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40% of juvenile delinquents in homes worse than jails: SC

india Updated: May 02, 2015 00:53 IST
Chetan Chauhan
Chetan Chauhan
Hindustan Times
juvenile offenders


Nearly 40% of juvenile delinquents in India live in conditions ‘like or even worse than’ adult prisons, according to a scathing judicial report that studied the state of children homes across the country.

Criminal suspects or convicts below the age of 18, classified as children in the eye of the law, are given a chance to reform themselves. The country’s juvenile justice act mandates they be kept in special homes, and not adult prisons, where they will be able to go through a rehabilitation process.

A Supreme Court committee headed by judge Madan B Lokur said nearly 40% of the children in government-run homes live in ‘deplorable’ conditions for which no one is being held accountable.

Not enough resources are being provided to run these homes in a child-friendly manner. Many of the homes are like or worse than prison for adults, the report said.

“These are not stray incidents happening only in one place, but in several places across the country, despite which there is no discussion, transfers, suspensions, inquiry commissions, judicial commissions, etc,” justice Lokur said in the report, submitted to the apex court last week.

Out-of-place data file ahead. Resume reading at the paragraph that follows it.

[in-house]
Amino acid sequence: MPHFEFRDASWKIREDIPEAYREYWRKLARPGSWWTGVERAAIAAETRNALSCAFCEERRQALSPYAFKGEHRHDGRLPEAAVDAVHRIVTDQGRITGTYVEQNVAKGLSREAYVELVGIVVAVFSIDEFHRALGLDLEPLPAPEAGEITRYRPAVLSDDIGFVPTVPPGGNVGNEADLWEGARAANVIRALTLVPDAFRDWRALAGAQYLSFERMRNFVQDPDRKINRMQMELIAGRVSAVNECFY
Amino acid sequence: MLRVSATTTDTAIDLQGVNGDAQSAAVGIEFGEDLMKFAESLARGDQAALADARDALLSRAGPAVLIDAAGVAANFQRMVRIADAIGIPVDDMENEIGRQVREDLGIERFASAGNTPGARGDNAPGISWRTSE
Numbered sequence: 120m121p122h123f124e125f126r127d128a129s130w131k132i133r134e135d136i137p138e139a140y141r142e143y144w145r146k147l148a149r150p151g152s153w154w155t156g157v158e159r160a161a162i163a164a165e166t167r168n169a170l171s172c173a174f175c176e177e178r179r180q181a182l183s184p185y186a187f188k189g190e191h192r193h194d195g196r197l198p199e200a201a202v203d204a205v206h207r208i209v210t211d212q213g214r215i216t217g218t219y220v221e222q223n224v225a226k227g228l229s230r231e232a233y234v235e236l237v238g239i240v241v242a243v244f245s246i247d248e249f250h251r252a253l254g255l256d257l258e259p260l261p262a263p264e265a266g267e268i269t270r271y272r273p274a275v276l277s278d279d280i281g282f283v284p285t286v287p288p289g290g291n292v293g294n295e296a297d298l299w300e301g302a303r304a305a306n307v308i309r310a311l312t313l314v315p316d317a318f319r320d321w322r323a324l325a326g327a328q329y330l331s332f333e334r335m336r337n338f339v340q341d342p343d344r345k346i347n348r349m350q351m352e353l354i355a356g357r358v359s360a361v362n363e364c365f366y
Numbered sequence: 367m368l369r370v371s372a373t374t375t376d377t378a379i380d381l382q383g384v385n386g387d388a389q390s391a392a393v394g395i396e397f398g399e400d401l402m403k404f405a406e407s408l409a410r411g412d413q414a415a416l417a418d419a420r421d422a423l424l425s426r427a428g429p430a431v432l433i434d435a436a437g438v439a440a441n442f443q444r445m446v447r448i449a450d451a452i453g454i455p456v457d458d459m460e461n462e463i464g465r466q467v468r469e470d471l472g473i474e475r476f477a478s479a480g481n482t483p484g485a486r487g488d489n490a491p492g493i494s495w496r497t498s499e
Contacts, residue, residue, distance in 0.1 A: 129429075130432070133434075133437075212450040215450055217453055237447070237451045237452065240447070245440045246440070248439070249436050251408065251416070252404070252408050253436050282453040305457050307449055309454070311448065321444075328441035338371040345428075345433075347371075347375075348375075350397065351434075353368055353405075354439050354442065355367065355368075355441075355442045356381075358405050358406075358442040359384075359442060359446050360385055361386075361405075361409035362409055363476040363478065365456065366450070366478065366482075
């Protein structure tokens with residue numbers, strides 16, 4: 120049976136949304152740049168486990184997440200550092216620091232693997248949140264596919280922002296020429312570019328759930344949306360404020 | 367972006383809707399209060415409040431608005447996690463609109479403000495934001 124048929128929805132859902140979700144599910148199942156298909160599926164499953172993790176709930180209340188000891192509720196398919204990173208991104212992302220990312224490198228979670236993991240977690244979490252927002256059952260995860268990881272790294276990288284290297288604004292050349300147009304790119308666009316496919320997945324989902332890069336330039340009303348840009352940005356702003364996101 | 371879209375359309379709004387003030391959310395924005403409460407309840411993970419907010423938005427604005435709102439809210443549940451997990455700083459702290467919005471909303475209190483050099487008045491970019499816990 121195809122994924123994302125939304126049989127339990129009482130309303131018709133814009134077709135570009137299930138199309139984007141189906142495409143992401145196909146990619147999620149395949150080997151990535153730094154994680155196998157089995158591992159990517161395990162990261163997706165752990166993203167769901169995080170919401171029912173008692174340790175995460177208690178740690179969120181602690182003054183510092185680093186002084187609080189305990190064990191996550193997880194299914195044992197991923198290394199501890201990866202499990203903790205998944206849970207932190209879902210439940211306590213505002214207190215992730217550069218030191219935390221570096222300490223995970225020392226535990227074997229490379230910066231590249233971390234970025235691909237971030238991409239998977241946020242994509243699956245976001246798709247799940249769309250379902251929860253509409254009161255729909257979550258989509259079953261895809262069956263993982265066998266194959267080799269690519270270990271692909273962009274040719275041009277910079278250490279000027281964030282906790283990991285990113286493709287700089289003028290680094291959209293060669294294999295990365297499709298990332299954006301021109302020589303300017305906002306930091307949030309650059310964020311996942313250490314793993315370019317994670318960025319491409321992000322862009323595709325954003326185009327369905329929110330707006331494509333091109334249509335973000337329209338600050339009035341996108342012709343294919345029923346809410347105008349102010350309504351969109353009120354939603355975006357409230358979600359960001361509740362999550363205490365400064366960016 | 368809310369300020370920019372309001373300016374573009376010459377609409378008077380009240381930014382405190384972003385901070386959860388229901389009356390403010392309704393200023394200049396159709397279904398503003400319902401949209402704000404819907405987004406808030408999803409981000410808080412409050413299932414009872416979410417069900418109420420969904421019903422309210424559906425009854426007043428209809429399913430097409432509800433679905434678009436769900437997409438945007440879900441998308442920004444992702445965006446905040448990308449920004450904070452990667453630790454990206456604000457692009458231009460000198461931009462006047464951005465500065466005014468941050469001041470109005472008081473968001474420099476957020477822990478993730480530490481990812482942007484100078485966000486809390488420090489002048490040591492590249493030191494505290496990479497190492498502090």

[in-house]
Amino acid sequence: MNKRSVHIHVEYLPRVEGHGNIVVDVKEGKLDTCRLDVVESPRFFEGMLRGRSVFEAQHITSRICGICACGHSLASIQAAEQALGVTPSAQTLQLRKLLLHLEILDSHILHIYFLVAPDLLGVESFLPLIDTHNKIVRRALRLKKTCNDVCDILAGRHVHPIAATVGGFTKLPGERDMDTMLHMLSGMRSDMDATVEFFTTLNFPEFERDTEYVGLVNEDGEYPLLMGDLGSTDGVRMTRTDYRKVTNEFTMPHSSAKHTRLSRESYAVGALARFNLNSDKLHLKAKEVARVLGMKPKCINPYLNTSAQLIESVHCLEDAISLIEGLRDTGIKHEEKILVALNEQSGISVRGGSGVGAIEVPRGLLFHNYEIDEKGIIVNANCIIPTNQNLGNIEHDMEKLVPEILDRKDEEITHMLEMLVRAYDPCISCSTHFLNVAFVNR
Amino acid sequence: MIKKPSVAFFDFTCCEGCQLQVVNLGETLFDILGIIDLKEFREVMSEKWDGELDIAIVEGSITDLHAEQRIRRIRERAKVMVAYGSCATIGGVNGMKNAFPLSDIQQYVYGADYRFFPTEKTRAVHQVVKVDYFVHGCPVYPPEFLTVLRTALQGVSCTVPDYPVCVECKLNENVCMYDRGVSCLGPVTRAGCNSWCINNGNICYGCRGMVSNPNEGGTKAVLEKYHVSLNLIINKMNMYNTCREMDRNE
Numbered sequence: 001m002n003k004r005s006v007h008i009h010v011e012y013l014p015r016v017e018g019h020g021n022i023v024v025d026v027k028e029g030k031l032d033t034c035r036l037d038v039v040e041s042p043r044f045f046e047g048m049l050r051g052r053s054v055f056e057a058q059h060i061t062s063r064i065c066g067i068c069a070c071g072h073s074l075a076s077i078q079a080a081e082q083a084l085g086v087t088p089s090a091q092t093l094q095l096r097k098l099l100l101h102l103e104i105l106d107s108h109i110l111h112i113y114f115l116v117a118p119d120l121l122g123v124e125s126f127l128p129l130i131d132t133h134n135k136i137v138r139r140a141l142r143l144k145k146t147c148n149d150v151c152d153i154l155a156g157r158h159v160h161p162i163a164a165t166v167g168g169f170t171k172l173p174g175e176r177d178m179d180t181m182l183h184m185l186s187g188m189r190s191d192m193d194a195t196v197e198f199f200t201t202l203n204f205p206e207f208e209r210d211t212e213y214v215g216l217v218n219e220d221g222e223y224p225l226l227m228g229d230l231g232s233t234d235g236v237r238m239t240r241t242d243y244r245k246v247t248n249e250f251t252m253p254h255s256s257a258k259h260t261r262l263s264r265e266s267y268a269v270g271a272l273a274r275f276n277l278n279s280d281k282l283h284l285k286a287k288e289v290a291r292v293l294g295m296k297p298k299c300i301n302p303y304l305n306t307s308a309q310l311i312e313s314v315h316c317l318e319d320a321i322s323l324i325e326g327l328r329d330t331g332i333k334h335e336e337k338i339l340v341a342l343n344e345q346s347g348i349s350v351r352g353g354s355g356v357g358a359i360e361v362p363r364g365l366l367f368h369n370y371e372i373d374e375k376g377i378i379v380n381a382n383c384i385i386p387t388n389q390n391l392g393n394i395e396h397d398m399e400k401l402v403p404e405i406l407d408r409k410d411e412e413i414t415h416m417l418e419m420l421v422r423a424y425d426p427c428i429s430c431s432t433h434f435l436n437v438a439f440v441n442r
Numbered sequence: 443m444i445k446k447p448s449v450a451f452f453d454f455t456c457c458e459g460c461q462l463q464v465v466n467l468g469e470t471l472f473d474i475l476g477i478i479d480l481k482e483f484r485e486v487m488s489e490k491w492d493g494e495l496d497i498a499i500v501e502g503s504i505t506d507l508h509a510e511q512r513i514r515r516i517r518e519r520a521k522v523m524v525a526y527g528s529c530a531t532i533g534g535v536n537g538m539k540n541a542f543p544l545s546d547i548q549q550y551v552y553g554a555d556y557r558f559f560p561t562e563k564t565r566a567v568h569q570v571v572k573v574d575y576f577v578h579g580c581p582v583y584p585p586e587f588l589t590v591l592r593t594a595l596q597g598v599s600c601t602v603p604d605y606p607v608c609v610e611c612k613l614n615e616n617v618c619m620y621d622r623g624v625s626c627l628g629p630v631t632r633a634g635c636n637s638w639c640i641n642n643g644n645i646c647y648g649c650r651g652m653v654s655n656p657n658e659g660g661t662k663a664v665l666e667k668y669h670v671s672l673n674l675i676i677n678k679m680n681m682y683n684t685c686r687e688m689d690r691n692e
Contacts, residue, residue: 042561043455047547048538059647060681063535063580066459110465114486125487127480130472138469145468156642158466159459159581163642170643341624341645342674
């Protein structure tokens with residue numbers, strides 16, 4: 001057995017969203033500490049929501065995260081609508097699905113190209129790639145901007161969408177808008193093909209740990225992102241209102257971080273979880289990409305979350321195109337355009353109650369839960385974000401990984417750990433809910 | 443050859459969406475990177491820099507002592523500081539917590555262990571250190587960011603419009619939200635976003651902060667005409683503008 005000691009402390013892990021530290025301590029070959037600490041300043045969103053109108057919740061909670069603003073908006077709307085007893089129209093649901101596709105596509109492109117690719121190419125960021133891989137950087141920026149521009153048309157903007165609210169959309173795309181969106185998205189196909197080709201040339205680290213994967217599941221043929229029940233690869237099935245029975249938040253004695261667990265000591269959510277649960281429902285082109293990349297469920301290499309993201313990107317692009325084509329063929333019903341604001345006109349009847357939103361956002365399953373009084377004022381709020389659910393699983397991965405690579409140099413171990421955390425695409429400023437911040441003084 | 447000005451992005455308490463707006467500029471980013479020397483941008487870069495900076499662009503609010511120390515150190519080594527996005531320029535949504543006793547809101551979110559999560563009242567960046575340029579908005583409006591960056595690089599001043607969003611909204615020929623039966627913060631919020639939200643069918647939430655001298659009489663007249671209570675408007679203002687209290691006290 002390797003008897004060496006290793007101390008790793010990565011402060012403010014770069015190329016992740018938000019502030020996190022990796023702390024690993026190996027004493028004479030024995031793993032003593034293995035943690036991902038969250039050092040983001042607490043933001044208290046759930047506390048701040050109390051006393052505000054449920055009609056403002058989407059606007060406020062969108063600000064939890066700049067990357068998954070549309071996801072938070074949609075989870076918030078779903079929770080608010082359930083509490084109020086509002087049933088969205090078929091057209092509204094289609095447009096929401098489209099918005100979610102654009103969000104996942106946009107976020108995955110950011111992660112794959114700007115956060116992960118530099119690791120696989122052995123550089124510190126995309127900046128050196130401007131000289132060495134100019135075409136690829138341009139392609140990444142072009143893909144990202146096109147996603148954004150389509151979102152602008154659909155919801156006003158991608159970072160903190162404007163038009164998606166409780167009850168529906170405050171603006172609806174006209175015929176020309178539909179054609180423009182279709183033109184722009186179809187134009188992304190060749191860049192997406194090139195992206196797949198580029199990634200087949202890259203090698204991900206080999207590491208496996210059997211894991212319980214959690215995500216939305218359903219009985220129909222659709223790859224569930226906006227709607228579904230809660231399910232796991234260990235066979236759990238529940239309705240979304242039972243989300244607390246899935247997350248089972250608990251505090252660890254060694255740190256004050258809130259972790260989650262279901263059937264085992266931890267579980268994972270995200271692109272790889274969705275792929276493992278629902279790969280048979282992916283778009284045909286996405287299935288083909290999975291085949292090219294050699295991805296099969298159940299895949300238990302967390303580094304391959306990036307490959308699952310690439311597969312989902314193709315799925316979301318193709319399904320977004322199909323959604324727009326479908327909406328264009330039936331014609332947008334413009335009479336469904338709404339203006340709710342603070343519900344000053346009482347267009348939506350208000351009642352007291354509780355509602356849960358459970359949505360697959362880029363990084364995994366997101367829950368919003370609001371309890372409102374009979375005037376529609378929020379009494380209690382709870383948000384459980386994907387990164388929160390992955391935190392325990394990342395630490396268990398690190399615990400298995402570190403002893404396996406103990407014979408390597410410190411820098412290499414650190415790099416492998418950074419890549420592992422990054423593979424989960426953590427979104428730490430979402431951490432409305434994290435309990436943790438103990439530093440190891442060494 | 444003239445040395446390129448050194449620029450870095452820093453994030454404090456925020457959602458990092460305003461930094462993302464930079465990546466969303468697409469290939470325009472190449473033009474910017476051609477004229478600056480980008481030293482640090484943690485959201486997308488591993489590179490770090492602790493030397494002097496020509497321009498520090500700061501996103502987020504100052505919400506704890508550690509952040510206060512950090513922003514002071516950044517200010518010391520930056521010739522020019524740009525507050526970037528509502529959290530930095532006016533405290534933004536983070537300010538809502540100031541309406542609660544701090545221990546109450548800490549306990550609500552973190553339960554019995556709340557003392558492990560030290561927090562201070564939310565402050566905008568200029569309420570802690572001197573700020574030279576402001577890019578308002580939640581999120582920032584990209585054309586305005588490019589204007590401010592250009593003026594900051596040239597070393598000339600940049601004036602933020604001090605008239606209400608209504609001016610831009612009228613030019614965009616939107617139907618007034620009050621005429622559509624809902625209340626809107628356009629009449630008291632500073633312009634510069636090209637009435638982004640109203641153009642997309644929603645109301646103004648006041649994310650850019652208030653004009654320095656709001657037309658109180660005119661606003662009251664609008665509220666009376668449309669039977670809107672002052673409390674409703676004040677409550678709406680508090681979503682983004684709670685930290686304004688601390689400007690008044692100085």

National Crime Records Bureau (NCRB) figures show that around 33,887 children below the age of 18 were booked in 2012. The figure has risen by about 142% between 2002 and 2012, the NCRB stated.

The government is in the process of bringing about a change in the juvenile justice act that treats children between 16 and 18 as adults in the cases of grave crimes such as murder and rape.

Justice Lokur’s report blamed the state governments for the deplorable conditions. The states have failed in their statutory duty towards children staying in public funded child care homes, it said.

As remedial measures, the committee has recommended creation of a national Indian Child Protection and Welfare Service, identification of risk families by district child protection units, identification of children requiring care and protection and mandatory uploading of missing children on the government website.

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